WASHINGTON — Democrats from President Joe Biden to city council members have faced intense backlash to Covid-19 mask and vaccine mandates. But fresh off his lopsided victory this week, California Gov. Gavin Newsom has a message for his party: Suck it up.
Heading into next year’s midterm elections, when Democrats will have to defend their razor-thin majorities in Congress, Newsom and others in the party argue the results in California, where Tuesday’s recall election sometimes felt like a referendum on coronavirus mandates, show they are not only good policy, but also good politics.
Democrats need to “stiffen our spines” and ignore the backlash from a vocal minority, Newsom told CBS this week.
“It’s the right thing to do, but it’s also a motivating factor in this election,” he said. “This was an odd-year, off-month election and the turnout was off the charts because people were motivated because they understood what was at stake. The consequences were that clear, and Democrats, I hope, were paying attention.”
Democrats are facing opposition to vaccine mandates from within their coalition. Labor unions, historically strong backers of Democrats, have fought mandates for their membership.
Frustration with health restrictions galvanized the opposition to Newsom and led to the failed attempt to remove him. But Newsom ended up making his pandemic response the centerpiece of his campaign, warning that Republicans would undo his first-in-the-nation school mask mandate if they ousted him.
That proved to be a good bet, with an NBC News exit poll showing large majorities of California recall voters supporting his approach.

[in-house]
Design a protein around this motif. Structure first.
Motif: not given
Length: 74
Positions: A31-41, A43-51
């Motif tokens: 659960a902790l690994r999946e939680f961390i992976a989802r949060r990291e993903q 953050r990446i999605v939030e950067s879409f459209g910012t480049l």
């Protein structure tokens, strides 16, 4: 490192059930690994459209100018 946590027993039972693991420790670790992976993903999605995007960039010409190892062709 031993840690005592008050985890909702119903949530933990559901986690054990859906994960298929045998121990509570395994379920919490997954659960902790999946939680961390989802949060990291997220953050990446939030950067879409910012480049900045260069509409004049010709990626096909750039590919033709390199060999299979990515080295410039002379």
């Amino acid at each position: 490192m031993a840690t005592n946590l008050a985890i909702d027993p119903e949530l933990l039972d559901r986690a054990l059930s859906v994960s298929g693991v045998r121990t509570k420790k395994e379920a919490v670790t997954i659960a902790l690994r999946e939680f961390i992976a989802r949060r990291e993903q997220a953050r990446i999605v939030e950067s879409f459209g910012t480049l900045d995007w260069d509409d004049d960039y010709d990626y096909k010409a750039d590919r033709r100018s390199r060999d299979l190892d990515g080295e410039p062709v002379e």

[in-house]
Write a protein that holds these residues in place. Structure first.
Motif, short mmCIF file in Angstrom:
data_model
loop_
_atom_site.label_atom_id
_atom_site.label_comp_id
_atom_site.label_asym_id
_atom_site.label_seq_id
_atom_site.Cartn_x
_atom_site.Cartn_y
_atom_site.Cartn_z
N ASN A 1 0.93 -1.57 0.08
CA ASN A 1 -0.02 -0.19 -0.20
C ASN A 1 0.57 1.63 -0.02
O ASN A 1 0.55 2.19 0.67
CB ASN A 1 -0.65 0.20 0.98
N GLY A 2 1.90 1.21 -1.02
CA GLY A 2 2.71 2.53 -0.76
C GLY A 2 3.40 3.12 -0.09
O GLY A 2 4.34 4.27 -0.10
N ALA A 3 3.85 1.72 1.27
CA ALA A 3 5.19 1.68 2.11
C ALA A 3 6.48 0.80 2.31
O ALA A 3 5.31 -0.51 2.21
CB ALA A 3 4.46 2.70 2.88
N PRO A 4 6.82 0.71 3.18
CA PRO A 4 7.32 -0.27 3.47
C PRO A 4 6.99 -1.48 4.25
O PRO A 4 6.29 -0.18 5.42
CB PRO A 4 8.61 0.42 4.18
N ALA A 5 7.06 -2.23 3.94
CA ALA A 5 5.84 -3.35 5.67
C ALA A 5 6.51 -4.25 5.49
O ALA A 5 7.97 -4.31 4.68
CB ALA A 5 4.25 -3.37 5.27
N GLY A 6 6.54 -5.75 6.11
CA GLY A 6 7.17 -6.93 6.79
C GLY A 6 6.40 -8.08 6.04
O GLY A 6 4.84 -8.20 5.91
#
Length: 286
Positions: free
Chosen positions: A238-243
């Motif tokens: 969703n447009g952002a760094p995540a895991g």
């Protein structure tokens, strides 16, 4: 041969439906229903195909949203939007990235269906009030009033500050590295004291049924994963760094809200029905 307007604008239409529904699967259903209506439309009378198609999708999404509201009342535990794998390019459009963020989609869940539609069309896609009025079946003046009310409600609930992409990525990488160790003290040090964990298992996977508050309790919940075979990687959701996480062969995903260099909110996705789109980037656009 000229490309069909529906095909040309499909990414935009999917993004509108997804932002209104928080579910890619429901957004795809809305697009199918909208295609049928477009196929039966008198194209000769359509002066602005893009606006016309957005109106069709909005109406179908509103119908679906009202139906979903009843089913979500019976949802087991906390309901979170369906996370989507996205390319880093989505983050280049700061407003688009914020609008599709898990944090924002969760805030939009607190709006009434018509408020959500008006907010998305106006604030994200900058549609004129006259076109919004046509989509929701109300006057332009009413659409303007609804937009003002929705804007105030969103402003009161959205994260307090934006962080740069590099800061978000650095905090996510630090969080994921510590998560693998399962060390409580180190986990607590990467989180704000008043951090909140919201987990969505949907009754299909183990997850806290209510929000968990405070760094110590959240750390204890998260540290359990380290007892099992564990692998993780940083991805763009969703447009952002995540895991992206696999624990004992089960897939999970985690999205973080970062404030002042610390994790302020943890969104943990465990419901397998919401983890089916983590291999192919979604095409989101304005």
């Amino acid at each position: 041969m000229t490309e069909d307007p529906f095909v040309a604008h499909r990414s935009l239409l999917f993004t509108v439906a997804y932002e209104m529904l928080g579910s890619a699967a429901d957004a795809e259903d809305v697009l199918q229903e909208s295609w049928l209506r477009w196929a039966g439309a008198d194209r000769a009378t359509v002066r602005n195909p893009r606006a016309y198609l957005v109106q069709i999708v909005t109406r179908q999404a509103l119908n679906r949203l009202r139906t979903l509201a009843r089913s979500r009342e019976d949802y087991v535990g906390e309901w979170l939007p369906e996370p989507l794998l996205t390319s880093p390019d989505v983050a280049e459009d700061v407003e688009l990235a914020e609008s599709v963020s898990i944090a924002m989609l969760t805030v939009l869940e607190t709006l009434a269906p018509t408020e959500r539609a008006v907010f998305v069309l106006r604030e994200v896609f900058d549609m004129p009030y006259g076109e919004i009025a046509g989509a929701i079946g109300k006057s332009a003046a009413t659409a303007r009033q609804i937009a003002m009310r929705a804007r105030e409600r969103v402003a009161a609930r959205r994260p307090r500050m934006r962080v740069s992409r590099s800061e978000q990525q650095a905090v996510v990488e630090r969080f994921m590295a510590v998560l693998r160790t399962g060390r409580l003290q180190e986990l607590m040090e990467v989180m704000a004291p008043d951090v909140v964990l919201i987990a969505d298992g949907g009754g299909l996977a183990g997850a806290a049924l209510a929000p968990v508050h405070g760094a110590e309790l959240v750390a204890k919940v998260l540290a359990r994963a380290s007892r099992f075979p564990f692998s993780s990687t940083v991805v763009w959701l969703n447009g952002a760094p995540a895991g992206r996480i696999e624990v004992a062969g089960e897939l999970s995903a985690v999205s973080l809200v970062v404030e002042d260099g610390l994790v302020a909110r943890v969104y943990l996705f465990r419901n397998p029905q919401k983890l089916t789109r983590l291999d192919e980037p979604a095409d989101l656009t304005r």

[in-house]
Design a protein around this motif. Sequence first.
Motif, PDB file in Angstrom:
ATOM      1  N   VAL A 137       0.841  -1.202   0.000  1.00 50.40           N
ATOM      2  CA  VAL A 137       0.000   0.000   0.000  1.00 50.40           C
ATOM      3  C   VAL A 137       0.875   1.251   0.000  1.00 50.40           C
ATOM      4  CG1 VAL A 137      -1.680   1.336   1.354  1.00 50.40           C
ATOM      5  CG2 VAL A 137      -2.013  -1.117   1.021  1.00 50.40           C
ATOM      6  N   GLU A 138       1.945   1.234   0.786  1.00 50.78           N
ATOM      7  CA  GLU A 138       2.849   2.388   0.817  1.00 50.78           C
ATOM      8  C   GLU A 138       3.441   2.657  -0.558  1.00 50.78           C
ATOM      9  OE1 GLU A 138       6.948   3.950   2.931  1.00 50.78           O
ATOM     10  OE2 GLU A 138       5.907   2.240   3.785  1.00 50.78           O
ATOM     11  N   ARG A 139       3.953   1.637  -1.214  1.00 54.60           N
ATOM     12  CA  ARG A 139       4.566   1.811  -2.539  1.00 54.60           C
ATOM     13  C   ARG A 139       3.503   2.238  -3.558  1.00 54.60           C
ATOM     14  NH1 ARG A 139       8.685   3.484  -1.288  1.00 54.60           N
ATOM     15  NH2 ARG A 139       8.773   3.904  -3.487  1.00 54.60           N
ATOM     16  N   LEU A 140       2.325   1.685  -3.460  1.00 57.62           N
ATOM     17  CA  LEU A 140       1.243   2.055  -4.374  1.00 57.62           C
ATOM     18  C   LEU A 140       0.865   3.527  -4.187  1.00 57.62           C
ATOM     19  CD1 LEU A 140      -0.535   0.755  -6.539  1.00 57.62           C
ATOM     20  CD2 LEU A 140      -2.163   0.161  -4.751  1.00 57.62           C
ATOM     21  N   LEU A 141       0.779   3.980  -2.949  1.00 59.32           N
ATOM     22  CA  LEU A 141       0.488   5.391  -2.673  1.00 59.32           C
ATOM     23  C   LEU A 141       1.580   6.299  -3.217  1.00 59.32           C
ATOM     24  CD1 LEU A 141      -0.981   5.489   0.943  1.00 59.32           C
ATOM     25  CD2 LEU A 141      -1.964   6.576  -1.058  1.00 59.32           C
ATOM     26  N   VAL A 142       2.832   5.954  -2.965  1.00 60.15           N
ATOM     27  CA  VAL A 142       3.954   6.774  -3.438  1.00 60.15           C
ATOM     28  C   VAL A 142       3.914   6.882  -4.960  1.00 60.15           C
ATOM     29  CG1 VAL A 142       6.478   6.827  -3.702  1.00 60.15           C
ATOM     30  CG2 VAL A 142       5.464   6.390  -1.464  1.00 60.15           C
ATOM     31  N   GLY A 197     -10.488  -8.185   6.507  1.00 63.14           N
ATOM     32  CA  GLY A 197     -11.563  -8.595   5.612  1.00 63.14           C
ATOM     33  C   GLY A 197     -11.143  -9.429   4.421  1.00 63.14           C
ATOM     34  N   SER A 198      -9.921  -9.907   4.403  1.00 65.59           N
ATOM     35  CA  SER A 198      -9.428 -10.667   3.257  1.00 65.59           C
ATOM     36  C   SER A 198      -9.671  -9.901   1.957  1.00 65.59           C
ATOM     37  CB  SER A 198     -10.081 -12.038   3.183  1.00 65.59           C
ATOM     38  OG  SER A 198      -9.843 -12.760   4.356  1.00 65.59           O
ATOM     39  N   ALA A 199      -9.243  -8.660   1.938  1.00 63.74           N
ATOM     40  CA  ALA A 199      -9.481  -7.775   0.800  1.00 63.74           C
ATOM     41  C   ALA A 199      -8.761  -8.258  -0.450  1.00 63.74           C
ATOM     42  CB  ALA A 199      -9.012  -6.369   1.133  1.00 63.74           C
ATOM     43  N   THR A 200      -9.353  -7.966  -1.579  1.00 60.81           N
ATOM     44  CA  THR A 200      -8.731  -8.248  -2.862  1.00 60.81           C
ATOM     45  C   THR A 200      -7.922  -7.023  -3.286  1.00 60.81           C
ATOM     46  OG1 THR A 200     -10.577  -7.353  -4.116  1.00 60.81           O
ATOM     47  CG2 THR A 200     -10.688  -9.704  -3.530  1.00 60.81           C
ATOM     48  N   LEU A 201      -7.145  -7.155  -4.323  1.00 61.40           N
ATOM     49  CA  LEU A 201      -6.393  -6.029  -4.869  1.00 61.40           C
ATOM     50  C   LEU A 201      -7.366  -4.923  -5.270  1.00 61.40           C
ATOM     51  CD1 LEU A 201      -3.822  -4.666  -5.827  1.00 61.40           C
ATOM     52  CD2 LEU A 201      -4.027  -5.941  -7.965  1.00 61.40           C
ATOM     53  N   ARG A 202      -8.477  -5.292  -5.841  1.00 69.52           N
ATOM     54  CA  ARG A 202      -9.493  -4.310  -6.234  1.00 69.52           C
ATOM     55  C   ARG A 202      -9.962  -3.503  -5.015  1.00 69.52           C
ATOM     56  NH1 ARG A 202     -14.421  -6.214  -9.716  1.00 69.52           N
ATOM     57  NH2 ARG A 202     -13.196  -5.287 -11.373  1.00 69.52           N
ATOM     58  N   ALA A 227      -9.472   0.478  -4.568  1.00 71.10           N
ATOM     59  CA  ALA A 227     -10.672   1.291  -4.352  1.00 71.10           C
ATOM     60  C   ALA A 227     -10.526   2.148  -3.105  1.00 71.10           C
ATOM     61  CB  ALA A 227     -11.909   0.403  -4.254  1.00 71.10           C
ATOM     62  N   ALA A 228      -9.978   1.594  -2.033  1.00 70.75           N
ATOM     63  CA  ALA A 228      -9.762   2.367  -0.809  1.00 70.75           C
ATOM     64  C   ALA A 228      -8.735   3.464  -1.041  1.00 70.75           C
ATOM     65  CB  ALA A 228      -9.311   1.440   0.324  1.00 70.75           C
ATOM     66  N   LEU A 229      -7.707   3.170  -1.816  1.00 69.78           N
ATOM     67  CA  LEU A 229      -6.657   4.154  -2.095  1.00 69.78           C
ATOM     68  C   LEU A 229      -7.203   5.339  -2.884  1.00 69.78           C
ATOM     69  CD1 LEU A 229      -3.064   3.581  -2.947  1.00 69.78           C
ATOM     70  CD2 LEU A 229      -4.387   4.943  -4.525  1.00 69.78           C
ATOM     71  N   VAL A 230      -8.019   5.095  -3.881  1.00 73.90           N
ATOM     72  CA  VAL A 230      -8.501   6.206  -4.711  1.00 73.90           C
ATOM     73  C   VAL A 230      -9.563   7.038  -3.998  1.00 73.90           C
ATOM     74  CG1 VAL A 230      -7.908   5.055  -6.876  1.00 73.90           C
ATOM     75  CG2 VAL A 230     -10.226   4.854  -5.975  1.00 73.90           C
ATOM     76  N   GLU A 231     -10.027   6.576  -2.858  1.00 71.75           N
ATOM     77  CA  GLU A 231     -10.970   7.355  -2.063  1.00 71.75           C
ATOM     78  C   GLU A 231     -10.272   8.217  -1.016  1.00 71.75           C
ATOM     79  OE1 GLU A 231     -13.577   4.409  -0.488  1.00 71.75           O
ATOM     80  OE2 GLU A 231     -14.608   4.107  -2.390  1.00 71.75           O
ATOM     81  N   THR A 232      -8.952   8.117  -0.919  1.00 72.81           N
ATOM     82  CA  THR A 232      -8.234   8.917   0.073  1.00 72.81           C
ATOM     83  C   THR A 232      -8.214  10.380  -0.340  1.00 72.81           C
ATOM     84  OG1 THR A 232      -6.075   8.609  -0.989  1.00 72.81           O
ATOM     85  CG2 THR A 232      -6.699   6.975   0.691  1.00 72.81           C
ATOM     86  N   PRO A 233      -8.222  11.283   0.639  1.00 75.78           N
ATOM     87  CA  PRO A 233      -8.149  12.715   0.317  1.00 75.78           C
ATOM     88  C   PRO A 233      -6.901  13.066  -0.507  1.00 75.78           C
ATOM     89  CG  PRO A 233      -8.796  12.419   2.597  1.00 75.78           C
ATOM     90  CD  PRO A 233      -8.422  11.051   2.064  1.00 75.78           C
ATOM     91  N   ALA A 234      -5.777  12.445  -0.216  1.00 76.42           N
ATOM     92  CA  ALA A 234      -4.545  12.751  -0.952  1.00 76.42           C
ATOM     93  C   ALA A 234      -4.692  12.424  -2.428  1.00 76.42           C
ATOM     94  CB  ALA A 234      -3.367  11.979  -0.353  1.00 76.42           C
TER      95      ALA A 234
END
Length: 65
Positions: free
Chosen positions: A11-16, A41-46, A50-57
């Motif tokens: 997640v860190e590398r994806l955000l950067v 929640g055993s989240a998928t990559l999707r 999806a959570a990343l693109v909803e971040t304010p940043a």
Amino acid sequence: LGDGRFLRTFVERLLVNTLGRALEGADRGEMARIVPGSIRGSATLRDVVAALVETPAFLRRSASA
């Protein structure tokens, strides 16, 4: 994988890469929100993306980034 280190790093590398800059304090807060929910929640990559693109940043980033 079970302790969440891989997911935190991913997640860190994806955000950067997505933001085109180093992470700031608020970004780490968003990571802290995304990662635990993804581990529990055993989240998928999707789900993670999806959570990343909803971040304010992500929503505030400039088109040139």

Getting Democrats to vote was Newsom’s chief challenge and it will be one of the main hurdles for his party in 2022. Newsom advisers credit the mandate message with helping to drive turnout to near-2018 levels, higher than expected.
Of course, California is bluer than the rest of the country. And the battle for control of Congress will be fought in swing states such as Wisconsin and Pennsylvania, as well as moderate parts of red states, like the Houston suburbs in Texas.
But Patrick Murray, who runs the nonpartisan Monmouth University poll, which released a national survey on Covid mandates this week, said there is broad support for mandates across the country, even in places far less liberal than California.
“When we broke out red states and blue states by the (2020) presidential vote, it was in the majority in both types of states,” he said. “That suggests that independent voters or swing voters in those states are unhappy with the Republican stance on dealing with the pandemic.”
If mandates were unpopular, Murray noted, one would expect Newsom’s margin of victory to be narrow than his last elections. That didn’t happen. Newsom was elected three years ago 62-38 percent. And he defeated the recall this week 64-36 percent, though not all votes have been counted yet.
“At the very least, the mandates aren’t hurting Democrats. And there is evidence that it’s probably helping them, at least right now,” Murray said. “A year from now, we don’t know.”
The 2022 midterm is still more than a year out and opinions could change, of course.
Perhaps the pandemic will have waned and voters won’t be interested in hearing about how Republicans didn’t support vaccine mandates. Or maybe the pandemic will drag on and voters will grow wary of the mandates and gravitate toward the more freedom-oriented GOP message.